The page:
Consumers in the wake of the economic downturn have become far more resilient and resourceful. Companies should be mindful that consumers will connect with brands that share similar attitudes and values.
According to a recent report compiled by Weber Shandwick and KRC Research, this showed that more than two thirds ofconsumers avoid buying a product if they dislike the parent company. The findings show that the reputation of a company and its corporate values have become increasingly influential in purchasing decisions.
Food manufacturers are becoming increasingly aware of this issue, with the Kellogg Company showing how the company is developing in the marketplace, workplace, community and environment in their latest global annual corporate report. A Kellogg spokesman, Kris Charles referred to corporate responsibility as “Loyal consumers seeing brands as a reflection of themselves, and want to support a product that aligns with their values”.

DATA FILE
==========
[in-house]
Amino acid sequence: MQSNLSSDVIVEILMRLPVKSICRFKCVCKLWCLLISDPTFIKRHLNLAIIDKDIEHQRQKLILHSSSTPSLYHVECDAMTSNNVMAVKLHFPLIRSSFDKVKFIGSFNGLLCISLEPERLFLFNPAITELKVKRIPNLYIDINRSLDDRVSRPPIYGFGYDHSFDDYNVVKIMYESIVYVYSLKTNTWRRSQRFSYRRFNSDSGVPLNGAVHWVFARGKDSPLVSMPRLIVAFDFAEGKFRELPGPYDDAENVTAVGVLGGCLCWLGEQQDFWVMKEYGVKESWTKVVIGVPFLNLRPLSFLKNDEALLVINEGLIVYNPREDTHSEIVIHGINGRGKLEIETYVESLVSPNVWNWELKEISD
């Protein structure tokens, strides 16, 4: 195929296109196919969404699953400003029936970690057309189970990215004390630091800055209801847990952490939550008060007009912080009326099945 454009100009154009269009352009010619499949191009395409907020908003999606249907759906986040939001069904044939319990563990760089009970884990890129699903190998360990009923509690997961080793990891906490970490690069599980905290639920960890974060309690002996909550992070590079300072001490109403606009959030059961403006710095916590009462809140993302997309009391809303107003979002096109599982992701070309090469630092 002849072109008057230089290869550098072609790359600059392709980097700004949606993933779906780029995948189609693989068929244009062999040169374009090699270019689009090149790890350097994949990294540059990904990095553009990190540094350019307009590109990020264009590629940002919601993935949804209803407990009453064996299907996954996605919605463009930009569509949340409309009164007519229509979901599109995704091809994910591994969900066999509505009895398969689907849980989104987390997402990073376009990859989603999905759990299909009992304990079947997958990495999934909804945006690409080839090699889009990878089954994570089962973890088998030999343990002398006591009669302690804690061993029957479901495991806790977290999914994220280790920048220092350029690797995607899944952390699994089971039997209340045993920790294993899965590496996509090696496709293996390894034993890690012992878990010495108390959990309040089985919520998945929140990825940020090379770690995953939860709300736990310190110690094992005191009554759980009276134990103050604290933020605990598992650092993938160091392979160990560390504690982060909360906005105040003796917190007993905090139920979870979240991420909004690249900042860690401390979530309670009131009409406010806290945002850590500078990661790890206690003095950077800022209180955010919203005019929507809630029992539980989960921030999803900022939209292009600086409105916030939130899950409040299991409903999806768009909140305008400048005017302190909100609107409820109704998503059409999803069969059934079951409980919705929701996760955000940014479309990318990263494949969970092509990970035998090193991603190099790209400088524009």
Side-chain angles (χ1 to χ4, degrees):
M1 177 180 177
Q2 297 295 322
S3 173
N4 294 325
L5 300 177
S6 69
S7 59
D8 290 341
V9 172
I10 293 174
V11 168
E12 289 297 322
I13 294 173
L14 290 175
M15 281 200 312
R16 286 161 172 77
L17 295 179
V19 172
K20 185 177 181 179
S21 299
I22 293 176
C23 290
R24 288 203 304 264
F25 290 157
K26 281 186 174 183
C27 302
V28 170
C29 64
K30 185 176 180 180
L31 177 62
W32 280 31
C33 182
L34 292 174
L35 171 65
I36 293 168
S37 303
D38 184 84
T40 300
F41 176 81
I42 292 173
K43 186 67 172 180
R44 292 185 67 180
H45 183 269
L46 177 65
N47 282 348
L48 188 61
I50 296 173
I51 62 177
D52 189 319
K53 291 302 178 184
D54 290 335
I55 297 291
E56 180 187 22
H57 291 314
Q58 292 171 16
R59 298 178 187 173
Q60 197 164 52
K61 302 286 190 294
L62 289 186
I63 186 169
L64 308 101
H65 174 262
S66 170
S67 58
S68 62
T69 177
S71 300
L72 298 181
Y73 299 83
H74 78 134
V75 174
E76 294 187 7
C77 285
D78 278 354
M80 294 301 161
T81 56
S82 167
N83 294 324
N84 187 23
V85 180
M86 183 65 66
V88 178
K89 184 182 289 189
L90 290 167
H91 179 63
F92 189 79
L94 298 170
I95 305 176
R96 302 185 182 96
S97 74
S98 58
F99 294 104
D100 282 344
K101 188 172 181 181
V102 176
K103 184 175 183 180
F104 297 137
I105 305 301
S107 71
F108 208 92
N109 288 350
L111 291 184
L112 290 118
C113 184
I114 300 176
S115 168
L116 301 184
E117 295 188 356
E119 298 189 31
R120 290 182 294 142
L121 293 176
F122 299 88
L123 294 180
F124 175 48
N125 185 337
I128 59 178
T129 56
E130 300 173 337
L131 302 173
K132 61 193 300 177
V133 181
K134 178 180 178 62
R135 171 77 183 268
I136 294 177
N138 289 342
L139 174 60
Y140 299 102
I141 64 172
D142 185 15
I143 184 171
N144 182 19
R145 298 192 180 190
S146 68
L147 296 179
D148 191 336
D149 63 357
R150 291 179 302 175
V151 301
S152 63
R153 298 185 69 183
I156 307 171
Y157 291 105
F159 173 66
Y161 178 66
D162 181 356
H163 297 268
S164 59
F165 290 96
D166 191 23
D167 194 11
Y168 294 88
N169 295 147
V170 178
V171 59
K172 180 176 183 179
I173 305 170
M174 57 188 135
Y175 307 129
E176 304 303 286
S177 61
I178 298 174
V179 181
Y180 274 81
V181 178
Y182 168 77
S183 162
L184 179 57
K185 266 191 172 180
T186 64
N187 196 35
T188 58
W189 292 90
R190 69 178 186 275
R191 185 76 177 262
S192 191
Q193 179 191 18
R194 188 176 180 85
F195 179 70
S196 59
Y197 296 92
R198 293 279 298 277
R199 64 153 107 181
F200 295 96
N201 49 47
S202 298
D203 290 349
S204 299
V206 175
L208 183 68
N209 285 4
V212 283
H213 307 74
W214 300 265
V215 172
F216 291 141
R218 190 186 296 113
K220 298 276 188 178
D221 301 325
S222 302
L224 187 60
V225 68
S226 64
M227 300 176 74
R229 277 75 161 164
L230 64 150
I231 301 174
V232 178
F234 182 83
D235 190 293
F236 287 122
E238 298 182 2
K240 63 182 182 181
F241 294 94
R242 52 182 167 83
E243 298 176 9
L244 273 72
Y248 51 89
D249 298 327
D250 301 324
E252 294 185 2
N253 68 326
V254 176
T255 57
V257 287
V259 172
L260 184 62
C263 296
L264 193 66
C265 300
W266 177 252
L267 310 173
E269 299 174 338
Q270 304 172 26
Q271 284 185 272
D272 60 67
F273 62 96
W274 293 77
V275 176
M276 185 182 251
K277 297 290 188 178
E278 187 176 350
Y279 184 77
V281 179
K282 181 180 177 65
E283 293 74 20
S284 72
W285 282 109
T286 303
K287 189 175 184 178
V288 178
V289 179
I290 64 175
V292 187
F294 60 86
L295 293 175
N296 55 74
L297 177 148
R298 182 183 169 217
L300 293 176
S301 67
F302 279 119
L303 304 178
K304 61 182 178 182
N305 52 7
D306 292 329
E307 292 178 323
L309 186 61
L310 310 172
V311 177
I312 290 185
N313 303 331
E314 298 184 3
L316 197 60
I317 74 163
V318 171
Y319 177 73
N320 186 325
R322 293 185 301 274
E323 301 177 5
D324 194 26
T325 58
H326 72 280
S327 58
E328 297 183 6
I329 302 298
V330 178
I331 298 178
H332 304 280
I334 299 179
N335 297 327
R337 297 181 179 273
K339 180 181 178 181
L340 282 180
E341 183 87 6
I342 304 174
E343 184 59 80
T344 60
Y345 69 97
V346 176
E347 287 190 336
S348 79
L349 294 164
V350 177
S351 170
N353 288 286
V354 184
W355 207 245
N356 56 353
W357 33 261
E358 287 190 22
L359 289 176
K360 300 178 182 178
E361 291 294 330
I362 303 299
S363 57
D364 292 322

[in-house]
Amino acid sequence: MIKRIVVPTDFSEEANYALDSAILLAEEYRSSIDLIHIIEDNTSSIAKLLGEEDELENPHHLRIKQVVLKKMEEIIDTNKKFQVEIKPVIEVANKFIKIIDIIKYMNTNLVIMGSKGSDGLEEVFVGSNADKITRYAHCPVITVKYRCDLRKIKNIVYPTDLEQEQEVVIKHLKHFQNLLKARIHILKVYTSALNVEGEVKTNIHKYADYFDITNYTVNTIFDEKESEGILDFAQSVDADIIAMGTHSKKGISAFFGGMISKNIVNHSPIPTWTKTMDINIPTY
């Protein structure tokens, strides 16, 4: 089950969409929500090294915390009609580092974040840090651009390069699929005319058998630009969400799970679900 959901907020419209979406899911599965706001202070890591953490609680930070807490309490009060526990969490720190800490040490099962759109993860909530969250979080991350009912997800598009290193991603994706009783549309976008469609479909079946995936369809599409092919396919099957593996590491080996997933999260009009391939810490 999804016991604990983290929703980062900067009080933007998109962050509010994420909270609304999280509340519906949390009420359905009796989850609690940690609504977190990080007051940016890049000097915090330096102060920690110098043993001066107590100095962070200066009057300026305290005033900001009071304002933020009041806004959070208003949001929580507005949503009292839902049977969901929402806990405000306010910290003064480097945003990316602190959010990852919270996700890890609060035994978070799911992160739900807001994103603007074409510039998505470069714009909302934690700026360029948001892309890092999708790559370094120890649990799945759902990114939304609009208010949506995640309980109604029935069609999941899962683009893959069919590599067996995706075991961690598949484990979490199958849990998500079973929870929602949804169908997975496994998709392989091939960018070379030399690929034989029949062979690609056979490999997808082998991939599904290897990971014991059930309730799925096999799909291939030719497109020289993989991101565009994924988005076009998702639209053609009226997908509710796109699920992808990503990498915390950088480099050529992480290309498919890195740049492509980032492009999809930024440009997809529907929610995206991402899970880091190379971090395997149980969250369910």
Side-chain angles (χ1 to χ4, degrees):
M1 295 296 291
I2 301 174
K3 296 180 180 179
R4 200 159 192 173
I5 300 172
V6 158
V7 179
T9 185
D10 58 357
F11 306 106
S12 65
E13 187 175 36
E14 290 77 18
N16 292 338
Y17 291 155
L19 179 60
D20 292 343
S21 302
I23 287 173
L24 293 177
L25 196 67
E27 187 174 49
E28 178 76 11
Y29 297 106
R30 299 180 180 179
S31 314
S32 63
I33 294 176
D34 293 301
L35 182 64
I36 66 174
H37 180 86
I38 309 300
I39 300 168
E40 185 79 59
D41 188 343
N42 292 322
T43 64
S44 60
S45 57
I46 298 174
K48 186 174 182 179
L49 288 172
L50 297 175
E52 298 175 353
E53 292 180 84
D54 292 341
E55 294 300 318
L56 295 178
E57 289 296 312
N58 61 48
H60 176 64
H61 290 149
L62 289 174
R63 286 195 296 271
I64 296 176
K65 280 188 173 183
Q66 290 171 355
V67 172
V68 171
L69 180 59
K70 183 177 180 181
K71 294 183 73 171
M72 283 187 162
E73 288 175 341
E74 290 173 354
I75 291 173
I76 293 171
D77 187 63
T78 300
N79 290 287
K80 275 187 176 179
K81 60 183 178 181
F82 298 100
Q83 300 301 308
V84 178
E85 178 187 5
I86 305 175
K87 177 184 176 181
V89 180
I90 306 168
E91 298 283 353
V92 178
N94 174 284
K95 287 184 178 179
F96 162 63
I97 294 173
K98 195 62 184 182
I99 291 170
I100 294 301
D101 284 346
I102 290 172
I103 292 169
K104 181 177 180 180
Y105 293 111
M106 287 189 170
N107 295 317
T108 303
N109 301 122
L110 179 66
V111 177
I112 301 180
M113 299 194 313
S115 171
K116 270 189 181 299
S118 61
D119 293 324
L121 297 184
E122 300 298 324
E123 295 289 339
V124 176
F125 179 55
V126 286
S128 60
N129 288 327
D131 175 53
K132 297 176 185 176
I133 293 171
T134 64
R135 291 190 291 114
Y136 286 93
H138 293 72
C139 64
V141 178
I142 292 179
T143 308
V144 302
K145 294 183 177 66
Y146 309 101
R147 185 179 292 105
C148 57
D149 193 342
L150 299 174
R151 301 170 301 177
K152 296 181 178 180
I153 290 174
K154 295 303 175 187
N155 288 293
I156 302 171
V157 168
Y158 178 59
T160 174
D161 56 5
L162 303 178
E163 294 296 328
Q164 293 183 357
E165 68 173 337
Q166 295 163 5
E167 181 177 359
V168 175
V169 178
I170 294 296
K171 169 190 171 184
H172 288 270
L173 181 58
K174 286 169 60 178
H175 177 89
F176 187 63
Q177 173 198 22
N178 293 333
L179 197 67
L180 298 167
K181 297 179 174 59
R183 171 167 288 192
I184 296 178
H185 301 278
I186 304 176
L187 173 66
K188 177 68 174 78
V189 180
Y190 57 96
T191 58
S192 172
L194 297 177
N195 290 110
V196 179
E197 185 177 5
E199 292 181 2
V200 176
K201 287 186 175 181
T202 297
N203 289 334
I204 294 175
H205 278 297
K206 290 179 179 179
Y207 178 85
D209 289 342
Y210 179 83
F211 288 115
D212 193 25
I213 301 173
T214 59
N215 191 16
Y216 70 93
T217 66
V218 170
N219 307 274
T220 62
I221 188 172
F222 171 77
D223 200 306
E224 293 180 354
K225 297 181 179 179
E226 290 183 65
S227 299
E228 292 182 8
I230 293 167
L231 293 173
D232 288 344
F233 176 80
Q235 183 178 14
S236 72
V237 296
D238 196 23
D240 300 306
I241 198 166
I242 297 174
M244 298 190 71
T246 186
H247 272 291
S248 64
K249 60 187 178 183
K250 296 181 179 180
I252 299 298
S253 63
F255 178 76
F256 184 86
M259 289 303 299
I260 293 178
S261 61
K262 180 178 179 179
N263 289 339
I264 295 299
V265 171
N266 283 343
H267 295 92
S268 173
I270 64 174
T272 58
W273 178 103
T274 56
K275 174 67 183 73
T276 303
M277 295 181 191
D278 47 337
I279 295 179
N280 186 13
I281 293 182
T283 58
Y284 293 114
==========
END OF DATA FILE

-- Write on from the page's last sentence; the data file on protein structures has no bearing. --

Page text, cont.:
To further illustrate the importance that Kellogg places on corporate responsibility, Charles comments that “Our corporate responsibility initiatives are a fundamental part of our business, so they frequently come up in conversations with consumers. We want the consumers to know the investments we’re making” he said.
This research coincides with the latest Bord Bia ‘Feeling the Pinch’ research, which points out that brands will have to connect with consumers through a new set of attitudes and values. These new values can be seen in the table above.
If brands can successfully engage with the needs of the modern consumer, this will represent an opportunity for brands to help foster and create even stronger relationships with these consumers.